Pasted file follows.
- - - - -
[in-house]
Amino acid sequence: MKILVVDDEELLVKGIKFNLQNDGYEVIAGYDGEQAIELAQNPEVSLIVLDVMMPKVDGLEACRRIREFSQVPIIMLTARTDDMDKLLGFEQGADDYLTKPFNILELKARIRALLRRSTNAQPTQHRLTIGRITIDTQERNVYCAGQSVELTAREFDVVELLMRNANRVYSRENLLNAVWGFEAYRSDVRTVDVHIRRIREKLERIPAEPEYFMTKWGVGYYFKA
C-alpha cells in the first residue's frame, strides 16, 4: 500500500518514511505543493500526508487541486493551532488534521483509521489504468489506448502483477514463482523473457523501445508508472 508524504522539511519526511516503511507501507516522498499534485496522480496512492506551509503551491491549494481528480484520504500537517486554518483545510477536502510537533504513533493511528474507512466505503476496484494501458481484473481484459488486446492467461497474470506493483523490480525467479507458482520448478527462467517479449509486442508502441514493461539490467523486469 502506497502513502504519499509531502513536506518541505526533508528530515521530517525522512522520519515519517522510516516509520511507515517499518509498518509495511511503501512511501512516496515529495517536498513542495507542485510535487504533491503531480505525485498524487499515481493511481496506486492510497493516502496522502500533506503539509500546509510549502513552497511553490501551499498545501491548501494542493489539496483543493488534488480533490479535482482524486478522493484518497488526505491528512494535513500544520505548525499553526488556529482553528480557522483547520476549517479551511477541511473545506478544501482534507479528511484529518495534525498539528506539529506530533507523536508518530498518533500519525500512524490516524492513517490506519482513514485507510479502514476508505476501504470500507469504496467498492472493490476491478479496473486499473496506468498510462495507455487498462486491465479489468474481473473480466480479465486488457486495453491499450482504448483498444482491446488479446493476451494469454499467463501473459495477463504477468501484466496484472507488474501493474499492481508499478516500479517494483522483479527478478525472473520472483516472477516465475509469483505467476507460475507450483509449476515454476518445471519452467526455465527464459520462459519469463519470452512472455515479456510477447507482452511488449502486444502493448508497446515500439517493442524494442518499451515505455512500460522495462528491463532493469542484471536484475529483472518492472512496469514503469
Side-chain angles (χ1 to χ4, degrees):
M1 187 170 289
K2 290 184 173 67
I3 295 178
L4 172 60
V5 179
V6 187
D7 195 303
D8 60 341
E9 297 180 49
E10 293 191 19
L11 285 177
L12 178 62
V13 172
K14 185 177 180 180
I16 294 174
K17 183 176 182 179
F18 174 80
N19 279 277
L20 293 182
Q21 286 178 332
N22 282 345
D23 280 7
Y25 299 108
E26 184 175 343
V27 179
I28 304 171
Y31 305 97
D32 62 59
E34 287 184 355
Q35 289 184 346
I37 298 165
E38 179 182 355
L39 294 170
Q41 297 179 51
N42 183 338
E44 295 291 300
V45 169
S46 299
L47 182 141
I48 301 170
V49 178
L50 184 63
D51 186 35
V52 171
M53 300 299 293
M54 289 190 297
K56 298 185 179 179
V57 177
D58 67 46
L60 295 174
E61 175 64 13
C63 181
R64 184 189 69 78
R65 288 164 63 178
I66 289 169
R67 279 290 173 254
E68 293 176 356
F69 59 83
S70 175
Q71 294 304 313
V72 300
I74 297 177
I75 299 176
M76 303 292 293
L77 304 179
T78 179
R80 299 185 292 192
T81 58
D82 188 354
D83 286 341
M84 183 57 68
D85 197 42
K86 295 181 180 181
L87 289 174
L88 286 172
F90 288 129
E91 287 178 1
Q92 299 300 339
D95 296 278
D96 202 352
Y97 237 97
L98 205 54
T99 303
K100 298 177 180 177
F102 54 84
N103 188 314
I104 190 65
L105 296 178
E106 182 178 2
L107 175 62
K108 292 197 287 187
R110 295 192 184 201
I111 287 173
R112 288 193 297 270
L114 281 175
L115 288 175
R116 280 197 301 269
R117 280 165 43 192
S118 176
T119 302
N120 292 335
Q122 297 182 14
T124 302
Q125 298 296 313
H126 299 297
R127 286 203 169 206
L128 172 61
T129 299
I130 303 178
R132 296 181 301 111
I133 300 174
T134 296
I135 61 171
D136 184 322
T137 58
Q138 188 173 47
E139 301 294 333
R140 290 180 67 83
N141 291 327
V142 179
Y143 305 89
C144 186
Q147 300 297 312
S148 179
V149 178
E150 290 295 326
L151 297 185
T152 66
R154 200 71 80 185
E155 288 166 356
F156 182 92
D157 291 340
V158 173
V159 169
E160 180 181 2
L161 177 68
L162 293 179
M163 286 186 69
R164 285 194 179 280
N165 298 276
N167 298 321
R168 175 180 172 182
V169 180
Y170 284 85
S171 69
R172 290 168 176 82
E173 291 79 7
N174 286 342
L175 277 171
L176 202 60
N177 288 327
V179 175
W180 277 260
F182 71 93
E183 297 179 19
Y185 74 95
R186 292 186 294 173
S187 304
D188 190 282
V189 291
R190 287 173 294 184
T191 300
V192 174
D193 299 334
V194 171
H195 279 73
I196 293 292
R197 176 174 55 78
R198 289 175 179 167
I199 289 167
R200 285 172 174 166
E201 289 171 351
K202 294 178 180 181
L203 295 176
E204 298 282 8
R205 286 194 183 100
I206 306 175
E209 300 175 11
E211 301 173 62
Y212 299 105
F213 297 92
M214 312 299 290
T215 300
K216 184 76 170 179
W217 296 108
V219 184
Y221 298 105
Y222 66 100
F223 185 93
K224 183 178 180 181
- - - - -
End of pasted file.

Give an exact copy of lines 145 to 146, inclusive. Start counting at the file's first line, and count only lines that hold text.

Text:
N167 298 321
R168 175 180 172 182